NEW YORK – The East Mediterranean Business Culture Alliance (EMBCA) presented the 1821: Revolution and Poetry in Motion Panel Discussion on June 27 on YouTube. The panel discussion was in Association with AHEPA’s Hellenic Cultural Commission and was introduced and moderated by Lou Katsos, EMBCA's President/Founder and Chairman of AHEPA’s Hellenic Cultural Commission.
The distinguished panel included author/poet Nicholas Alexiou, Professor of Sociology and Director of the Hellenic American Project at Queens College; poet/essayist/prose writer/translator and twice President of the Hellenic Authors’ Society Yiorgos Chouliaras; and author/ translator/materials scientist Andeas Melas, the former President of Hellenic Link- Midwest.
The event focused on the Hellenic Revolution of 1821 and the poetry related to it. Prof. Alexiou’s presentation, titled “The Greek Revolution and America Philhellenic Poetry” included the poetry of James Gates Percival, William Cullen Bryant, and Lydia Huntley Sigourney. Alexiou began by discussing Romanticism. The Romantic Era lasted from the late 18th century to about 1850. Lord Byron and his role in the Revolution was also discussed.
Chouliaras’ presentation, “Greece, Poetry, Revolution” highlighted, among other poets, the “double-headed eagle” of modern Greek poetry, Solomos and Byron. He noted that “Modern Greece is an outcome of poetry,” adding that, “poetry has been historically very significant in Greece if we simply consider that it was through Homer, through The Iliad and The Odyssey, that Greeks came together as they were separately organized, separate city-states, and it was in fact Aristotle’s student Alexander [the Great] who always carried Homer with him in his campaigns.” Chouliaras also quoted the line from Byron on the site of the ancient Battle of Marathon, “I dreamt that Greece might still be free.”
Melas discussed the poem “The 9th of July 1821” by Vasilis Michaelides, considered the national poet of Cyprus. Melas has translated Michaelides poem from the original Cypriot dialect to English, publishing the work as Slaughter Us All and Make Our Blood a River. He noted that Cypriots volunteered and fought for Greece from the time of Rigas Feraios to the present day. Melas also spoke about Michaelides’ life and the history of Cyprus.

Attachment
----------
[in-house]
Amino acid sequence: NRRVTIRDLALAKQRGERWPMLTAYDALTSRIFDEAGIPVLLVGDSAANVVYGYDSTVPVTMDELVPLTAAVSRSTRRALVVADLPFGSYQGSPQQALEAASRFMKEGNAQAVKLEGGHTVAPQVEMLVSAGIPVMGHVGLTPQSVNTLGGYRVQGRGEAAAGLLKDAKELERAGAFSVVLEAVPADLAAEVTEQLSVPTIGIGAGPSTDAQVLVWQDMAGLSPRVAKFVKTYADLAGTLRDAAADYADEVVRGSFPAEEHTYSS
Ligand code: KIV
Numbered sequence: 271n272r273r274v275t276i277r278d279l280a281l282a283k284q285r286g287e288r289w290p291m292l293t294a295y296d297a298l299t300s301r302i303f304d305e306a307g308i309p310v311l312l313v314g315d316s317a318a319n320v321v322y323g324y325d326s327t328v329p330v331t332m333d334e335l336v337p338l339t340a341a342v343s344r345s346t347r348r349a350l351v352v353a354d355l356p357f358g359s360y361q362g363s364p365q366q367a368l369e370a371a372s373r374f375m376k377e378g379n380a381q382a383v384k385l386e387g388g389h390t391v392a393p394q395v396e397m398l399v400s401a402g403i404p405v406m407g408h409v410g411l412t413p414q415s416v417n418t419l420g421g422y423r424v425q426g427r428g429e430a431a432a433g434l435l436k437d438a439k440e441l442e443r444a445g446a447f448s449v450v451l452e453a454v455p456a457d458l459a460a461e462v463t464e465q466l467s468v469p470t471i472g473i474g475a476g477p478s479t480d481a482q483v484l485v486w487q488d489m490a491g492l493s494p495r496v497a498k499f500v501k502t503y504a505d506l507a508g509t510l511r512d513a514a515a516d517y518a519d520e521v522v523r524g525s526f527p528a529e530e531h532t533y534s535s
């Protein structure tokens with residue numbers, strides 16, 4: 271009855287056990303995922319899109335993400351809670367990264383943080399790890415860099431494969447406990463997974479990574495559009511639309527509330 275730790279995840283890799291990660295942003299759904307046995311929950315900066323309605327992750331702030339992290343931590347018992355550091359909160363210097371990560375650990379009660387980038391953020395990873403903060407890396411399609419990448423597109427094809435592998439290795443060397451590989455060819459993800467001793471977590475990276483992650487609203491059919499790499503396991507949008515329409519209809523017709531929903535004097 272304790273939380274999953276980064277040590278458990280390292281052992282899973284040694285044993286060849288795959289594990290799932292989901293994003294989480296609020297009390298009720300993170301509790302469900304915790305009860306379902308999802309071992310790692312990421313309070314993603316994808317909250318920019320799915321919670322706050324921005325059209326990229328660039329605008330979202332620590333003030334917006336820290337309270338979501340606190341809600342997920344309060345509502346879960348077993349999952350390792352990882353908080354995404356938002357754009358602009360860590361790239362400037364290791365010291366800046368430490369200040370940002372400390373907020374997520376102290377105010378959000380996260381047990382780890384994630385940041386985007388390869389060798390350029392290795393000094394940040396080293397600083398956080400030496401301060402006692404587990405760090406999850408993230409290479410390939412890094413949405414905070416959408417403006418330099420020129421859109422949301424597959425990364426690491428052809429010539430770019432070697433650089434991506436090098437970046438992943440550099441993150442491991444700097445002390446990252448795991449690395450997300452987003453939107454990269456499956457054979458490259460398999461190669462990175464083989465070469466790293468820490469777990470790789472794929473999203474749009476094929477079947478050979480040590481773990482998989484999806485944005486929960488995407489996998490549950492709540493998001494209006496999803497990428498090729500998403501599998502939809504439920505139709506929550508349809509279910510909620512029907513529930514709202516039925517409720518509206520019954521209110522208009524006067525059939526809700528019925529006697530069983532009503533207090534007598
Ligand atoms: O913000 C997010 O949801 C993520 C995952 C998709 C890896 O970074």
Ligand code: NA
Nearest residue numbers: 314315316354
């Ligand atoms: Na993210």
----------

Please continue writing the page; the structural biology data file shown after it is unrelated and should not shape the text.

In his introduction, Katsos said: “Poetry, a word from the Ancient Hellenic ποίησις/ poiesis, meant in philosophy ‘the activity in which a person brings something that did not exist before’ and etymologically deriving from the Hellenic term ποιεῖν/ ‘to make’ has a long history in the Hellenic world and played a very important and pivotal role in the Hellenic Revolution and Independence both domestically and abroad. This genre was used to explore and disseminate new political ideas in a period of Enlightenment, Romanticism, and Revolution. In many ways poetry and Revolution are intertwined historically and certainly in the Hellenic Revolution.”
The event was part of EMBCA’s American Hellenic Revolution of 1821 Bicentennial Committee series, focusing not only on the Revolution but also importantly on the American, Diaspora and International aspects and influences of the Revolution.
Video of the discussion is available online: